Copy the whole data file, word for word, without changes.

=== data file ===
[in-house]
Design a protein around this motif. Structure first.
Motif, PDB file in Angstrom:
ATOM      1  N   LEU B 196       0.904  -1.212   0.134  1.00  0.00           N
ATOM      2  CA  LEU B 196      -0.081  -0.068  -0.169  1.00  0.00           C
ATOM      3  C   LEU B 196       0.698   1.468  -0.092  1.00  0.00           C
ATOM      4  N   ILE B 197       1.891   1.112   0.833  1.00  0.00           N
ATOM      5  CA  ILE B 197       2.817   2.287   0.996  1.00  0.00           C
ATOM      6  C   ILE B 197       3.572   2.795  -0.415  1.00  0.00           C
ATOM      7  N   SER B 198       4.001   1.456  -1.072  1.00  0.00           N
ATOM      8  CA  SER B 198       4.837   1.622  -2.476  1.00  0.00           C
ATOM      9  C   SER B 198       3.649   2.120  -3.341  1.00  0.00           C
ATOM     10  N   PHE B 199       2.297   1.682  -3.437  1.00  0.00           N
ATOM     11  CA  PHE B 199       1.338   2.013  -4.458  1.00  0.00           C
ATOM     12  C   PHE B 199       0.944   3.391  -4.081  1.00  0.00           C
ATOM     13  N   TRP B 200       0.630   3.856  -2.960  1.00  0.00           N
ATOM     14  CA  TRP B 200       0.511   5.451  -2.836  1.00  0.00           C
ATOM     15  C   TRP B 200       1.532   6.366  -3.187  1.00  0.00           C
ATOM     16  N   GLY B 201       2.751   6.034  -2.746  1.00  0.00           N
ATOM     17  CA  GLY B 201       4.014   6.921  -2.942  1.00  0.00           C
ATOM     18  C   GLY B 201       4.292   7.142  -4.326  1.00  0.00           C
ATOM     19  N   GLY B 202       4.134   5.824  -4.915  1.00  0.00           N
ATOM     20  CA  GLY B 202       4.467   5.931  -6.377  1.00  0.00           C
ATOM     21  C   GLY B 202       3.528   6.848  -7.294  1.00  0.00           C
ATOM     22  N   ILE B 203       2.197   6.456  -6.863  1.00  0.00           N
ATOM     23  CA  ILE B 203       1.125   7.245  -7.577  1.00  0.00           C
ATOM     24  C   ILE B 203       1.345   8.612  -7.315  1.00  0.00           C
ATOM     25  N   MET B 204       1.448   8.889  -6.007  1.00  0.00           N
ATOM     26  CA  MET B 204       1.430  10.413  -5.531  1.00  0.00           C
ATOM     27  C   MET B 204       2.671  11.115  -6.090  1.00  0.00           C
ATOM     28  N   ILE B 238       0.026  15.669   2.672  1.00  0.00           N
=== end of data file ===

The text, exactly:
[in-house]
Design a protein around this motif. Structure first.
Motif, PDB file in Angstrom:
ATOM      1  N   LEU B 196       0.904  -1.212   0.134  1.00  0.00           N
ATOM      2  CA  LEU B 196      -0.081  -0.068  -0.169  1.00  0.00           C
ATOM      3  C   LEU B 196       0.698   1.468  -0.092  1.00  0.00           C
ATOM      4  N   ILE B 197       1.891   1.112   0.833  1.00  0.00           N
ATOM      5  CA  ILE B 197       2.817   2.287   0.996  1.00  0.00           C
ATOM      6  C   ILE B 197       3.572   2.795  -0.415  1.00  0.00           C
ATOM      7  N   SER B 198       4.001   1.456  -1.072  1.00  0.00           N
ATOM      8  CA  SER B 198       4.837   1.622  -2.476  1.00  0.00           C
ATOM      9  C   SER B 198       3.649   2.120  -3.341  1.00  0.00           C
ATOM     10  N   PHE B 199       2.297   1.682  -3.437  1.00  0.00           N
ATOM     11  CA  PHE B 199       1.338   2.013  -4.458  1.00  0.00           C
ATOM     12  C   PHE B 199       0.944   3.391  -4.081  1.00  0.00           C
ATOM     13  N   TRP B 200       0.630   3.856  -2.960  1.00  0.00           N
ATOM     14  CA  TRP B 200       0.511   5.451  -2.836  1.00  0.00           C
ATOM     15  C   TRP B 200       1.532   6.366  -3.187  1.00  0.00           C
ATOM     16  N   GLY B 201       2.751   6.034  -2.746  1.00  0.00           N
ATOM     17  CA  GLY B 201       4.014   6.921  -2.942  1.00  0.00           C
ATOM     18  C   GLY B 201       4.292   7.142  -4.326  1.00  0.00           C
ATOM     19  N   GLY B 202       4.134   5.824  -4.915  1.00  0.00           N
ATOM     20  CA  GLY B 202       4.467   5.931  -6.377  1.00  0.00           C
ATOM     21  C   GLY B 202       3.528   6.848  -7.294  1.00  0.00           C
ATOM     22  N   ILE B 203       2.197   6.456  -6.863  1.00  0.00           N
ATOM     23  CA  ILE B 203       1.125   7.245  -7.577  1.00  0.00           C
ATOM     24  C   ILE B 203       1.345   8.612  -7.315  1.00  0.00           C
ATOM     25  N   MET B 204       1.448   8.889  -6.007  1.00  0.00           N
ATOM     26  CA  MET B 204       1.430  10.413  -5.531  1.00  0.00           C
ATOM     27  C   MET B 204       2.671  11.115  -6.090  1.00  0.00           C
ATOM     28  N   ILE B 238       0.026  15.669   2.672  1.00  0.00           N